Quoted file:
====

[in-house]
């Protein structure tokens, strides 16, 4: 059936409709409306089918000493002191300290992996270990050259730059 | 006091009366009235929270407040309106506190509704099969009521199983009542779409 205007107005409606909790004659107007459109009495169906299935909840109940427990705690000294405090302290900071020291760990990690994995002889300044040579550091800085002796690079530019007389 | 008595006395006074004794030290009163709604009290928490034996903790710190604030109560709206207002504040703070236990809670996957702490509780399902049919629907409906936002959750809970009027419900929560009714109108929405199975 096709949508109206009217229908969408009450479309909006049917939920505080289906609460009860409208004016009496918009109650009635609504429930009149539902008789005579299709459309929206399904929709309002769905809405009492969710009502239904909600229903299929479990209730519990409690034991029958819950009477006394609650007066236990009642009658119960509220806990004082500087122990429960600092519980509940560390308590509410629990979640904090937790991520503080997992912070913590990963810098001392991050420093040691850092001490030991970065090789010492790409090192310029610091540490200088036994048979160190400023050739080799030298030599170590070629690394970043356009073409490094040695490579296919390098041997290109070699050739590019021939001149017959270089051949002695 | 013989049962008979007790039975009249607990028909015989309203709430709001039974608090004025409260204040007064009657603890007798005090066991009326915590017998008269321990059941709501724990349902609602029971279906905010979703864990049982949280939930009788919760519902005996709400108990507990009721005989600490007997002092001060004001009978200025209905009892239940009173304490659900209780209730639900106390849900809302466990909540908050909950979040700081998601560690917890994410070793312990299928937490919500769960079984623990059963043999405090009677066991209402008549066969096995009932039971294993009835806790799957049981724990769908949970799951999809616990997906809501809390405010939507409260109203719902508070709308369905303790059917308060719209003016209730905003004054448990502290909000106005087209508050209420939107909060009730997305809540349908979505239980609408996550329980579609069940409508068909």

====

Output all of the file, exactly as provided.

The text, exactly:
[in-house]
């Protein structure tokens, strides 16, 4: 059936409709409306089918000493002191300290992996270990050259730059 | 006091009366009235929270407040309106506190509704099969009521199983009542779409 205007107005409606909790004659107007459109009495169906299935909840109940427990705690000294405090302290900071020291760990990690994995002889300044040579550091800085002796690079530019007389 | 008595006395006074004794030290009163709604009290928490034996903790710190604030109560709206207002504040703070236990809670996957702490509780399902049919629907409906936002959750809970009027419900929560009714109108929405199975 096709949508109206009217229908969408009450479309909006049917939920505080289906609460009860409208004016009496918009109650009635609504429930009149539902008789005579299709459309929206399904929709309002769905809405009492969710009502239904909600229903299929479990209730519990409690034991029958819950009477006394609650007066236990009642009658119960509220806990004082500087122990429960600092519980509940560390308590509410629990979640904090937790991520503080997992912070913590990963810098001392991050420093040691850092001490030991970065090789010492790409090192310029610091540490200088036994048979160190400023050739080799030298030599170590070629690394970043356009073409490094040695490579296919390098041997290109070699050739590019021939001149017959270089051949002695 | 013989049962008979007790039975009249607990028909015989309203709430709001039974608090004025409260204040007064009657603890007798005090066991009326915590017998008269321990059941709501724990349902609602029971279906905010979703864990049982949280939930009788919760519902005996709400108990507990009721005989600490007997002092001060004001009978200025209905009892239940009173304490659900209780209730639900106390849900809302466990909540908050909950979040700081998601560690917890994410070793312990299928937490919500769960079984623990059963043999405090009677066991209402008549066969096995009932039971294993009835806790799957049981724990769908949970799951999809616990997906809501809390405010939507409260109203719902508070709308369905303790059917308060719209003016209730905003004054448990502290909000106005087209508050209420939107909060009730997305809540349908979505239980609408996550329980579609069940409508068909």